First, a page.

Cleveland health officials investigating a recent cluster of six male syphilis cases found that all six had met in an online chatroom. The department quickly traced the cases before the outbreak could grow, said Dr. Wendy Johnson, Cleveland's medical director. Cases were discovered through partner notification and during routine medical care.
The Lesbian/Gay Community Center of Greater Cleveland (LGCGC) sent community health advocate Christopher Sweiger to the chatroom to alert people to the cases and encourage members to get tested. Sweiger also invited members to post private messages if they had STD-related questions; many did.
Cleveland had 35 syphilis cases in 2003, down from 1,525 cases 11 years ago. A lot of the credit is due to city health workers who daily knocked on doors looking for people who were potentially infected. Columbus had 221 cases last year -- the highest in Ohio.
When people use the Internet as a matchmaking venue, it can make locating those exposed to an STD difficult or impossible. People's true identities can be masked by e-mail handles, and reaching people electronically with information without compromising confidentiality or sounding like a spam alert is still an unsolved issue.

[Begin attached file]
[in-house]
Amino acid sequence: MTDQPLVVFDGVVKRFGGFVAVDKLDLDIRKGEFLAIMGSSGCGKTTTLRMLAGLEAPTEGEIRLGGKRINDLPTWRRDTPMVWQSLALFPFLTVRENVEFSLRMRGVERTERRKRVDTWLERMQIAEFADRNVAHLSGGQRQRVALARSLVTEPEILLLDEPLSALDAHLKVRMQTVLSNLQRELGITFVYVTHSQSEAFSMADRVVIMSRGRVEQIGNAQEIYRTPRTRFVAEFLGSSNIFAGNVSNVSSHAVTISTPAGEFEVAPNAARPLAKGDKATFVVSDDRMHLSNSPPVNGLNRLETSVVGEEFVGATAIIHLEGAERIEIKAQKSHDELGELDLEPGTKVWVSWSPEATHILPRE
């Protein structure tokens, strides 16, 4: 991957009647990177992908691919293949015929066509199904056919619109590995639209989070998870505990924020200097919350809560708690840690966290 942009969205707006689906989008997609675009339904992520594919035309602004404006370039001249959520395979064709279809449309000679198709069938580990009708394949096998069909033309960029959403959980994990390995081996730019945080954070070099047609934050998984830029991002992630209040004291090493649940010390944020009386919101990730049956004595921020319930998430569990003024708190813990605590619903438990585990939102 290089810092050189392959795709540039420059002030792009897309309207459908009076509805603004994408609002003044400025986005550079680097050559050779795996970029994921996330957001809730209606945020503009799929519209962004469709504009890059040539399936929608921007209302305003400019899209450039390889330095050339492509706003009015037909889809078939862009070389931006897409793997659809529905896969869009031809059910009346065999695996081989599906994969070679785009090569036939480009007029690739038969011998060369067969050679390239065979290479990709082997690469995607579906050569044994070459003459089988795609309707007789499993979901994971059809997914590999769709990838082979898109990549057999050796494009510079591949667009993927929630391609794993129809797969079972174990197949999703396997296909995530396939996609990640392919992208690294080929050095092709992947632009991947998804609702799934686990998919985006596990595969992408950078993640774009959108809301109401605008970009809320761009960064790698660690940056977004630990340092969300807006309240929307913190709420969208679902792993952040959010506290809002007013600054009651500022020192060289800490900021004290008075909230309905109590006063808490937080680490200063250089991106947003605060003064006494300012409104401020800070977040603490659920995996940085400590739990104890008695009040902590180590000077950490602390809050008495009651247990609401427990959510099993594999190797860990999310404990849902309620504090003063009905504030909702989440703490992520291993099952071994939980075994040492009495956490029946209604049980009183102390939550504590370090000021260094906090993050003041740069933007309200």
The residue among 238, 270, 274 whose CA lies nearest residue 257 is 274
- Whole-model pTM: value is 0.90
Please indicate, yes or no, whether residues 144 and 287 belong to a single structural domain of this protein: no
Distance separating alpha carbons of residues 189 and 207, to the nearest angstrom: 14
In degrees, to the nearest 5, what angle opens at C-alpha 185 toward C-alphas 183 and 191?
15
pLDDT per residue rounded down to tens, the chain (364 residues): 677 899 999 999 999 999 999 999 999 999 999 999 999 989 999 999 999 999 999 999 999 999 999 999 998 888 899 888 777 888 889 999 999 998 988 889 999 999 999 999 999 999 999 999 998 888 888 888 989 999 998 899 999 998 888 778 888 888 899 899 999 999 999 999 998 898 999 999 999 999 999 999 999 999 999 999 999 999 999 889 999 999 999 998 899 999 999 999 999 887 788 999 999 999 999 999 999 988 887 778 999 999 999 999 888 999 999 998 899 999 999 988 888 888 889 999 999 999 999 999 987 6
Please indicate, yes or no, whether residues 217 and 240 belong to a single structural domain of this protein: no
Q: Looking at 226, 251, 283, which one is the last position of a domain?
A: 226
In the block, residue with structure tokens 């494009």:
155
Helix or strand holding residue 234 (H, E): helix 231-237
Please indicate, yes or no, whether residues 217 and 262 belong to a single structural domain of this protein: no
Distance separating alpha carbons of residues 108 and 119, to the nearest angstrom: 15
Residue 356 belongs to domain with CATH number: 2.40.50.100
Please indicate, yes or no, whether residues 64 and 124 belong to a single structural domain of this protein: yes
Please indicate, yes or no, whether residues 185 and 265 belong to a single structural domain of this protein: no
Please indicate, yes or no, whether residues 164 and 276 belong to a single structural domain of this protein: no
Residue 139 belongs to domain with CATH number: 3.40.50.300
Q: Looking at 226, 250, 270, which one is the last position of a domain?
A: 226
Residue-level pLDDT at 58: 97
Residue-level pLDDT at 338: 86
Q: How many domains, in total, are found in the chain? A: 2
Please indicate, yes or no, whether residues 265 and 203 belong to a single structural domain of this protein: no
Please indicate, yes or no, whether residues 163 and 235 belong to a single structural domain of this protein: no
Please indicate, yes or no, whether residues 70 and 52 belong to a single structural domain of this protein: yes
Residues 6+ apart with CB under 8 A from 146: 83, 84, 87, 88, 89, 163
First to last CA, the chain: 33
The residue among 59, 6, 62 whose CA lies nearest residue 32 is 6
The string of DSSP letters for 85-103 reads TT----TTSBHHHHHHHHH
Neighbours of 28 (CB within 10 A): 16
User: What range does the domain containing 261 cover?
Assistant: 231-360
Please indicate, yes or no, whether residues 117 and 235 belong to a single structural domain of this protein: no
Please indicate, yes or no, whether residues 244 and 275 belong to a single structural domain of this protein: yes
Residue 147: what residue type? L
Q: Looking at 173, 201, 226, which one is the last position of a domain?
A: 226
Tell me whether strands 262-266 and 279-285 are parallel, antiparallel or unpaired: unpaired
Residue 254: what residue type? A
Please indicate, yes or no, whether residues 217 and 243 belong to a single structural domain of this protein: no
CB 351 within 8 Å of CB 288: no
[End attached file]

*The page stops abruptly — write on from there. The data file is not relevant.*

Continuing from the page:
LGCGC began its Internet-based prevention project about two years ago with a grant from the AIDS Funding Collaborative, which also funds the city's needle exchange. The project signs on to a local chat room a few times each week under the screen name Centerheat, short for the Health Education Action Team. "Most of the time they want to know where they can get tested, what are the symptoms of a particular STD and how it's transmitted," said Sweiger. One benefit of the chatroom project is that these questions can be asked anonymously, he added.